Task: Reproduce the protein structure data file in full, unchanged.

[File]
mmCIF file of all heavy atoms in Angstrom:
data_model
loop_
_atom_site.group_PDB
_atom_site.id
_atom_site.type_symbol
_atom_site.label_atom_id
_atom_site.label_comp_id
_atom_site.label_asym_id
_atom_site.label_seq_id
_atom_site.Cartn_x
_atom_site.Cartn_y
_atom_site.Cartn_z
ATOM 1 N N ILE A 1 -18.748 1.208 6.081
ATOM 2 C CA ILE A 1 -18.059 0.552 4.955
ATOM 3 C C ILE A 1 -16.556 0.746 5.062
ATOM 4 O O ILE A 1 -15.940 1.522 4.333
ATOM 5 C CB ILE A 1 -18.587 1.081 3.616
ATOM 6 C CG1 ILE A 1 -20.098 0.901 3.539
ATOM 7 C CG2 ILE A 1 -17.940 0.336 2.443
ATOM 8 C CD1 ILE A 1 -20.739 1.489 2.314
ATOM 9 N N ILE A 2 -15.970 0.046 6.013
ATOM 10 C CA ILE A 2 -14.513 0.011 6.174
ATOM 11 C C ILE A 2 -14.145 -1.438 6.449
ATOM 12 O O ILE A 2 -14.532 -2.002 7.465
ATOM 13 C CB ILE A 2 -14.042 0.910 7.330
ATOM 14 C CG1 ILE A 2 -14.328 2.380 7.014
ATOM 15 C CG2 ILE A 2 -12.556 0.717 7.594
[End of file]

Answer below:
mmCIF file of all heavy atoms in Angstrom:
data_model
loop_
_atom_site.group_PDB
_atom_site.id
_atom_site.type_symbol
_atom_site.label_atom_id
_atom_site.label_comp_id
_atom_site.label_asym_id
_atom_site.label_seq_id
_atom_site.Cartn_x
_atom_site.Cartn_y
_atom_site.Cartn_z
ATOM 1 N N ILE A 1 -18.748 1.208 6.081
ATOM 2 C CA ILE A 1 -18.059 0.552 4.955
ATOM 3 C C ILE A 1 -16.556 0.746 5.062
ATOM 4 O O ILE A 1 -15.940 1.522 4.333
ATOM 5 C CB ILE A 1 -18.587 1.081 3.616
ATOM 6 C CG1 ILE A 1 -20.098 0.901 3.539
ATOM 7 C CG2 ILE A 1 -17.940 0.336 2.443
ATOM 8 C CD1 ILE A 1 -20.739 1.489 2.314
ATOM 9 N N ILE A 2 -15.970 0.046 6.013
ATOM 10 C CA ILE A 2 -14.513 0.011 6.174
ATOM 11 C C ILE A 2 -14.145 -1.438 6.449
ATOM 12 O O ILE A 2 -14.532 -2.002 7.465
ATOM 13 C CB ILE A 2 -14.042 0.910 7.330
ATOM 14 C CG1 ILE A 2 -14.328 2.380 7.014
ATOM 15 C CG2 ILE A 2 -12.556 0.717 7.594